Belfast Telegraph

Shaun's determination pays off as he graduates following cancer battle

By Rebecca Black

A young graduate has spoken about looking forward to the future after persevering through intensive chemotherapy to complete his degree at Ulster University.

Shaun Haw (23), from Mayobridge outside Newry, graduated yesterday with a BSc Hons in Accounting and Advertising in what he described as a poignant and emotional celebration, just 12 months after being faced with a blood cancer diagnosis.

He had been preparing to sit his final exams at the UU's Magee campus last summer when he became unwell.

Shortly afterwards, in June 2016, Shaun was diagnosed with acute myeloid leukaemia and his dreams of completing his degree were put on hold in order that he could undergo lifesaving treatment.

From then until January 2017 he underwent four rounds of intensive chemotherapy at Belfast City Hospital.

Shaun described the experience as a tough time for him and his family. "I went from being a normal, healthy young man, playing football and preparing for my final exams, to facing a leukaemia diagnosis. It was a very scary time," he said.

"I didn't know what to expect. Initially I had hoped I would be able to complete my exams and coursework in hospital but as my treatment progressed it became clear this wouldn't be possible.

"I had been planning a trip to New York with my girlfriend after graduation and was on my way to buy a suitcase after what I thought was a routine hospital visit. Everything changed so quickly. It was like my life was put on hold."

But 12 months on Shaun is in remission and says his sights are firmly set on the future.

"I am healthy now and getting back to myself. I have to go for regular check-ups and everything has been normal so far," he added.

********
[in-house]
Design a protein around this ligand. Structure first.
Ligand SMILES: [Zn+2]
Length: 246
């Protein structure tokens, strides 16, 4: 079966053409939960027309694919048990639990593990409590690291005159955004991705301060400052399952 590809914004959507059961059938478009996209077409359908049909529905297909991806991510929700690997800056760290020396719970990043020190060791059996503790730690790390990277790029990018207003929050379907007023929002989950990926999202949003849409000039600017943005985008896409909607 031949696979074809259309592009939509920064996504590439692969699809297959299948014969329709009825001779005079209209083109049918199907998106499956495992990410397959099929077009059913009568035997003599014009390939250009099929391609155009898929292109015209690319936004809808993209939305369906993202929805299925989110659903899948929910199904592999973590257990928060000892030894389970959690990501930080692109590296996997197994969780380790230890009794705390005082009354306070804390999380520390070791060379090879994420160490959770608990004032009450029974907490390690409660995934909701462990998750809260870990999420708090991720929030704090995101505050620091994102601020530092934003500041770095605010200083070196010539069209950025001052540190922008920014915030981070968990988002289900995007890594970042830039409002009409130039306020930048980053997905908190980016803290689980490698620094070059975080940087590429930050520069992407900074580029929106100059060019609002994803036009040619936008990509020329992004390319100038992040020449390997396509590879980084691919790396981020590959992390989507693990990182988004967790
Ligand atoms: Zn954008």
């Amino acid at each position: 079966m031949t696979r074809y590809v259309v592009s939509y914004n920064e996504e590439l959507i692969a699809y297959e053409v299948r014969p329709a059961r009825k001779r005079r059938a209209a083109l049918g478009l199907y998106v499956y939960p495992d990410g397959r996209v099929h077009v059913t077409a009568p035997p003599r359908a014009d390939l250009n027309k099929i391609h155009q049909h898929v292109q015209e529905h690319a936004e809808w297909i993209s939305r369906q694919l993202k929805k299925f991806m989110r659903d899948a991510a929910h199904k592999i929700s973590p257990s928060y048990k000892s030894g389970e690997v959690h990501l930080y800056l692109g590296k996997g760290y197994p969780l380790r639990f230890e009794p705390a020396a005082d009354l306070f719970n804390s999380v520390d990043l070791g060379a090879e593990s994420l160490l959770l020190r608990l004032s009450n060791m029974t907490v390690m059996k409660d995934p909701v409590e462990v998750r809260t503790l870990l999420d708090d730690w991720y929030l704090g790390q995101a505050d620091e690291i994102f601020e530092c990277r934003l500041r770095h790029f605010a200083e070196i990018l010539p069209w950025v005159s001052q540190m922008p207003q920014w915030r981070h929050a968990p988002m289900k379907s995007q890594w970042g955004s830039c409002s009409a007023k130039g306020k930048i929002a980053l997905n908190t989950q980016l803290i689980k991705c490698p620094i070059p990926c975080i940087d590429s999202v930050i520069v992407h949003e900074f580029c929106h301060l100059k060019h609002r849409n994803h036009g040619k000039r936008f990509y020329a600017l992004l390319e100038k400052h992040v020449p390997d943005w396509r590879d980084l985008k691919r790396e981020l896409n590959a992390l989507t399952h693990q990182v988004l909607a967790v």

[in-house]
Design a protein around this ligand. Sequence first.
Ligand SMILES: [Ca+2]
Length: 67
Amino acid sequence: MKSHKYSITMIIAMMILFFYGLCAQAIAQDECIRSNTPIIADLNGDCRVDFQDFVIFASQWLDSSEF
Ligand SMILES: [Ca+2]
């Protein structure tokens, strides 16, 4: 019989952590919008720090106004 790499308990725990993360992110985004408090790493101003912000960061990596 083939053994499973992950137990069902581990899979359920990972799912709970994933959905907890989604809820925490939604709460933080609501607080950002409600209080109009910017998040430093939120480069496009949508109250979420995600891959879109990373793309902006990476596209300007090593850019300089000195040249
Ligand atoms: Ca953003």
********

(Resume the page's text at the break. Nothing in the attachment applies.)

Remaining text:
"It's a huge relief to me and to my family. I was very lucky to benefit from exceptional treatment - the Cancer Centre in Belfast is world-class and I owe so much to the doctors and nurses there.

"I said that I would complete my degree no matter what. When I finished my treatment I got back to work and managed to get a solid 2:1, of which I'm very proud."

Shaun has joined forces with family, friends from London and even a celebrity supporter in the form of Chelsea footballer Nathaniel Chalobah in recent months to raise vital funds for charities, including Macmillan Cancer Support, CLIC Sargent and the Cancer Fund for Children.

He said the experience had changed his life and, from considering a career in accountancy, he is now veering towards something more creative.

"I'm firmly of the mantra that you should do as much as you can, when you can. Life is too short," he added.

Also graduating yesterday from the Ulster University was Sean Doran, an artistic director working in the international arts world.

The Londonderry man received an honorary doctorate for his contribution to the English National Opera.

He began his professional career as a clarinettist and has since gone on to direct major worldwide festivals, including the UK Year of Literature 1995 (Wales) and the Perth International Arts Festival, for which he was awarded the Centenary Medal by the Australian Government.

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